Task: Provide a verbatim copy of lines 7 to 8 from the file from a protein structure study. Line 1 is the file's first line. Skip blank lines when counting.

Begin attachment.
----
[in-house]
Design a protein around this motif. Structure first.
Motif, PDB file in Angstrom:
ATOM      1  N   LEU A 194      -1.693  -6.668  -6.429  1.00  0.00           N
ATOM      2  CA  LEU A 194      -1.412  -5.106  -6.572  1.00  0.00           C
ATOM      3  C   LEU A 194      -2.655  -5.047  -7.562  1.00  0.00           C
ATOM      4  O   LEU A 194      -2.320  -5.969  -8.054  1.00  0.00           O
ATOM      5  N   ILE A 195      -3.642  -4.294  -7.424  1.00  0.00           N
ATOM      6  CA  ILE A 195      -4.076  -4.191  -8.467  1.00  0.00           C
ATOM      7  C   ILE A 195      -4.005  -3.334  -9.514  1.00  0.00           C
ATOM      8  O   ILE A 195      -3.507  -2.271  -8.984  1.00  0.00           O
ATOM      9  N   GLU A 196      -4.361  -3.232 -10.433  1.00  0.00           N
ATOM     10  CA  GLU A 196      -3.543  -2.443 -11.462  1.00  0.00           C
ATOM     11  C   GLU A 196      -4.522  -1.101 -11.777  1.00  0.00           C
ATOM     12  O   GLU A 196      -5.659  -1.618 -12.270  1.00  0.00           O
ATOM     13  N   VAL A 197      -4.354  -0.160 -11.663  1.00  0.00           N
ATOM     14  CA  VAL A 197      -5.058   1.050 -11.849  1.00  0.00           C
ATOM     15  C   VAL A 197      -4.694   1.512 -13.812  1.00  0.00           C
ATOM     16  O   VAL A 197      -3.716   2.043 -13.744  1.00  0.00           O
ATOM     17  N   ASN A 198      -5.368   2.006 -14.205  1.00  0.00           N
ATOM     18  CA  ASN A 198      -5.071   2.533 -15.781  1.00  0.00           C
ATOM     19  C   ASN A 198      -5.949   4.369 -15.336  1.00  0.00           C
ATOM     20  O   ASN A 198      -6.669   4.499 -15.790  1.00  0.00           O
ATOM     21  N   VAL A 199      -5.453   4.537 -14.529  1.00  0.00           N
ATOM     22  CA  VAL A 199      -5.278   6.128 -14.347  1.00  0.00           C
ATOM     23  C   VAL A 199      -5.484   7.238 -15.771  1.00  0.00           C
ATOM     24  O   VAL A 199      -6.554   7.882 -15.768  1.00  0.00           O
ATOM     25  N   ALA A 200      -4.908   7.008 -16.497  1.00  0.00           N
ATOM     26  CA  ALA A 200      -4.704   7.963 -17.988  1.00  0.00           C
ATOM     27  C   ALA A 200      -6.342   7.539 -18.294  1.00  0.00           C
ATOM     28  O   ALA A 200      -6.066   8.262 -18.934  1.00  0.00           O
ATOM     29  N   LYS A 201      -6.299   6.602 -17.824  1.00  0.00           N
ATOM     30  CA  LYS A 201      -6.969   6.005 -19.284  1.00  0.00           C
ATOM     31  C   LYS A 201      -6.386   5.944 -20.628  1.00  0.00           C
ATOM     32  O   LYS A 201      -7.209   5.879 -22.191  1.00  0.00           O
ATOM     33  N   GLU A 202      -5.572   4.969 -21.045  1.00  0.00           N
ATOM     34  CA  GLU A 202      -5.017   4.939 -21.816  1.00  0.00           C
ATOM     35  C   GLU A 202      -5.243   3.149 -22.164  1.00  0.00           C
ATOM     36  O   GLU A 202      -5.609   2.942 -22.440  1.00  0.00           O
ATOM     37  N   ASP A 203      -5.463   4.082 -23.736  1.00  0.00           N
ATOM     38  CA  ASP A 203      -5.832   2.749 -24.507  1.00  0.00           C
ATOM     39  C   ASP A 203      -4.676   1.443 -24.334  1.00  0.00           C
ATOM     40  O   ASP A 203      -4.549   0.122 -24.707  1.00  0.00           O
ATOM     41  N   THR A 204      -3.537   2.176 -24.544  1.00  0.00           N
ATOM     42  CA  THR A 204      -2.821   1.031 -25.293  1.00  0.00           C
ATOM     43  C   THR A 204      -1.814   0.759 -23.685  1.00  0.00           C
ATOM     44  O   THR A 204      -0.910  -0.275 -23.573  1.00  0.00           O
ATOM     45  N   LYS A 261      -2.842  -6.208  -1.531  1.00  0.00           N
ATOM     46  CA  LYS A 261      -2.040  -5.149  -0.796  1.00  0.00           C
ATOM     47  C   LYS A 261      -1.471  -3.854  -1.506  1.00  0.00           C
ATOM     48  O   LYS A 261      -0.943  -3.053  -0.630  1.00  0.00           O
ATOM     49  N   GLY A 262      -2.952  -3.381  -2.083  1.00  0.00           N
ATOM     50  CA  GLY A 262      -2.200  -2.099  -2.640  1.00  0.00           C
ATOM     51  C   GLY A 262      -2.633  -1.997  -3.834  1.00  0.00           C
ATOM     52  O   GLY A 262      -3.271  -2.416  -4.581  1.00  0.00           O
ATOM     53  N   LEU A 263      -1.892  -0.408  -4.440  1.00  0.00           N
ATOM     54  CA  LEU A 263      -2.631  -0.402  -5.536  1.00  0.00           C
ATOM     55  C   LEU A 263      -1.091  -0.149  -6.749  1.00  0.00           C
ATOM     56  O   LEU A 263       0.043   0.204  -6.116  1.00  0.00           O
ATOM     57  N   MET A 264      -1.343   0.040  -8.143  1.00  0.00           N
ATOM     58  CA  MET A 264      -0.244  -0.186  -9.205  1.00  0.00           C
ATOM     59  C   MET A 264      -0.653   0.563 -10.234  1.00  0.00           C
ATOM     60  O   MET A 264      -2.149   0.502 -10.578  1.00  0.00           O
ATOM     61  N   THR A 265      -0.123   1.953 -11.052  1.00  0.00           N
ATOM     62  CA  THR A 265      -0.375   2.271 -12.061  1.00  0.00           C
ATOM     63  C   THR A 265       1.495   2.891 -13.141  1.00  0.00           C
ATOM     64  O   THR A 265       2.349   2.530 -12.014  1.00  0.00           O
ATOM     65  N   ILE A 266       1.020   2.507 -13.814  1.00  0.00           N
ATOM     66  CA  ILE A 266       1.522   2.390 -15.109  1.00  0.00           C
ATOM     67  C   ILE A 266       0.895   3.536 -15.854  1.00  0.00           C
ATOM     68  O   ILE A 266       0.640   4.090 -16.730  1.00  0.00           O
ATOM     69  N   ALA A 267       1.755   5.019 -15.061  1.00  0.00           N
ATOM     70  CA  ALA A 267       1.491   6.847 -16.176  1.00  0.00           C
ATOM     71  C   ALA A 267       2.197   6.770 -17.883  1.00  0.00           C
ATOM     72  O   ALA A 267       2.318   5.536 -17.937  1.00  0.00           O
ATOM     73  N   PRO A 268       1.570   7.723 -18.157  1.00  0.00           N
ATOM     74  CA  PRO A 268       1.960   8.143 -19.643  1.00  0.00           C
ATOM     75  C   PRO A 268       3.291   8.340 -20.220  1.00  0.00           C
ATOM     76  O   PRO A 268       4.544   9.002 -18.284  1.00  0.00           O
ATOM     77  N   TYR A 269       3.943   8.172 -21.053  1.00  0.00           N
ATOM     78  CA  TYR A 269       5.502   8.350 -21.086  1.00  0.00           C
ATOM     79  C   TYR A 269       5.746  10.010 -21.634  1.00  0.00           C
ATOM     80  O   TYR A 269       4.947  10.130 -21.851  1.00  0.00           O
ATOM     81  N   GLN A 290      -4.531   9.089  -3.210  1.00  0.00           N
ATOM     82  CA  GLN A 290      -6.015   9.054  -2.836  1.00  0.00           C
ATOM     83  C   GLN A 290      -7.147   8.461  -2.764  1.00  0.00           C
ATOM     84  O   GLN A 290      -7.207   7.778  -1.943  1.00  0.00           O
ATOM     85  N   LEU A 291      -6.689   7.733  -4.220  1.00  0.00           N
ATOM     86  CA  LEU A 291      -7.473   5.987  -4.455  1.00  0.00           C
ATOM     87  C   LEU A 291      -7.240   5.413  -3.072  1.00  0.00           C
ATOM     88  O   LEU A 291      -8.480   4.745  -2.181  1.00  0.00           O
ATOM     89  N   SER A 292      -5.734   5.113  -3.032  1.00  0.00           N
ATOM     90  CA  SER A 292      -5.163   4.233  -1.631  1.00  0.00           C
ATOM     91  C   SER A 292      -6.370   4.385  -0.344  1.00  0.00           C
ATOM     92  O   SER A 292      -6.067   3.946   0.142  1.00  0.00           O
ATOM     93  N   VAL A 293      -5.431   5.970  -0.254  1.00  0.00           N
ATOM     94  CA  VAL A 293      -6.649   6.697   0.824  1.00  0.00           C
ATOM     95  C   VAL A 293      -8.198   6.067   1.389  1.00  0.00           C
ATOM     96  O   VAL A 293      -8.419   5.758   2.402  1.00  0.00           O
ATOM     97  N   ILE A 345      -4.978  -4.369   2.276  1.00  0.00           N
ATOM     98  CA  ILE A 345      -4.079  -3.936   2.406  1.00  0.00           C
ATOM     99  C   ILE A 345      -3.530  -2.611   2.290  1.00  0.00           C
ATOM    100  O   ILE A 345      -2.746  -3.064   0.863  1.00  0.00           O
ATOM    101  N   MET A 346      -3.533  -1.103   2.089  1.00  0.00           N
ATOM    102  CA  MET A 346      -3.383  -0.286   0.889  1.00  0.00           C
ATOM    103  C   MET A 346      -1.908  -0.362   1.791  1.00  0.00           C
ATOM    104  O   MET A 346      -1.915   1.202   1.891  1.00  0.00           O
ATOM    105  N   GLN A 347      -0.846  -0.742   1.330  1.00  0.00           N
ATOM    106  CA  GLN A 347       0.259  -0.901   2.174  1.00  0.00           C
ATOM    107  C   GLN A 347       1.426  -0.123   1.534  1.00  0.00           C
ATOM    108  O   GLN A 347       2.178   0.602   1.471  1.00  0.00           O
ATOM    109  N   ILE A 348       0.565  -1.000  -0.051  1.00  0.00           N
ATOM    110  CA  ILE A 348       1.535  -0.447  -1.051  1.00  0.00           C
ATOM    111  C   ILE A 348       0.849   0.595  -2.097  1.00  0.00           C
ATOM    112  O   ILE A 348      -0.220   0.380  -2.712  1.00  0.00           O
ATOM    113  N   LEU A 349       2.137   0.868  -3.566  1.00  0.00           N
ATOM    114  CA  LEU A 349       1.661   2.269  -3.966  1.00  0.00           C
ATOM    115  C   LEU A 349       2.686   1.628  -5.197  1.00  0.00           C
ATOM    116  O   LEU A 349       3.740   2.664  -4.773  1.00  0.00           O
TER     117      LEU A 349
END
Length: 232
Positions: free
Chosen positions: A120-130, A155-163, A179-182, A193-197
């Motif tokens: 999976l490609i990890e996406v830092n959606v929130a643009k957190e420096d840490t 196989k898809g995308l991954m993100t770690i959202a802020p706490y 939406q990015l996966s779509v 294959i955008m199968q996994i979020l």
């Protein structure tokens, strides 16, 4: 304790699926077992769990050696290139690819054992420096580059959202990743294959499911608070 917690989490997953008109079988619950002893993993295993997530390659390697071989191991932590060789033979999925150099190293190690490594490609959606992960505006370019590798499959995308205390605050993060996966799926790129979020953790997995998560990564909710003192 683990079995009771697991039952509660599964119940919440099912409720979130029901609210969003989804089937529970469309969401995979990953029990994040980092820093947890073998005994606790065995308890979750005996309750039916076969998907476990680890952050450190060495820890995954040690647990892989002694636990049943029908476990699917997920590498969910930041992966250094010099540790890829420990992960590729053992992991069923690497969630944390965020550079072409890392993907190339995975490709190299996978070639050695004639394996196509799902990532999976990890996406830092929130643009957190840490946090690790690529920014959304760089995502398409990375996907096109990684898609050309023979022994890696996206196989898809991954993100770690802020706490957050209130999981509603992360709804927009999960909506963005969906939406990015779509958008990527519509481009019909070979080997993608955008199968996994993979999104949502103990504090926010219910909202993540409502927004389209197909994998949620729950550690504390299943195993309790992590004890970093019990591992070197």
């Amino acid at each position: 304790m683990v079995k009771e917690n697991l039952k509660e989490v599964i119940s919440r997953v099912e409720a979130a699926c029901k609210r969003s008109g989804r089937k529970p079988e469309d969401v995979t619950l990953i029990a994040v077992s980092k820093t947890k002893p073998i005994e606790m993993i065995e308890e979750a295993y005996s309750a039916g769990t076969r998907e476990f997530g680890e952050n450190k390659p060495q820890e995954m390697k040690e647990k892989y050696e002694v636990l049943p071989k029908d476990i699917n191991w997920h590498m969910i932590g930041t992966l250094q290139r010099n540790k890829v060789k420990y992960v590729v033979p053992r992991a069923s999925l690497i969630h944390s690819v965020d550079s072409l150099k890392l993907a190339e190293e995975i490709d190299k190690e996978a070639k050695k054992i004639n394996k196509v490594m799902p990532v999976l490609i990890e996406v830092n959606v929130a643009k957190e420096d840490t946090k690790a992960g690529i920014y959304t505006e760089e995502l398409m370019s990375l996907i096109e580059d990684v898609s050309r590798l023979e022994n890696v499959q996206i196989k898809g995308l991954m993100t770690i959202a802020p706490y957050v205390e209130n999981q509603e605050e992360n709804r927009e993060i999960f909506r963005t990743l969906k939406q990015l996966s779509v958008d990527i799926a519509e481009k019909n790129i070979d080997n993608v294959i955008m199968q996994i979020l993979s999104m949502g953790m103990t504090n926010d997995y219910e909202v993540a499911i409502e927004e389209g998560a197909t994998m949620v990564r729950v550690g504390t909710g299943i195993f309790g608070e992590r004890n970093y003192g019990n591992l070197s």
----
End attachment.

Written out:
ATOM      4  O   LEU A 194      -2.320  -5.969  -8.054  1.00  0.00           O
ATOM      5  N   ILE A 195      -3.642  -4.294  -7.424  1.00  0.00           N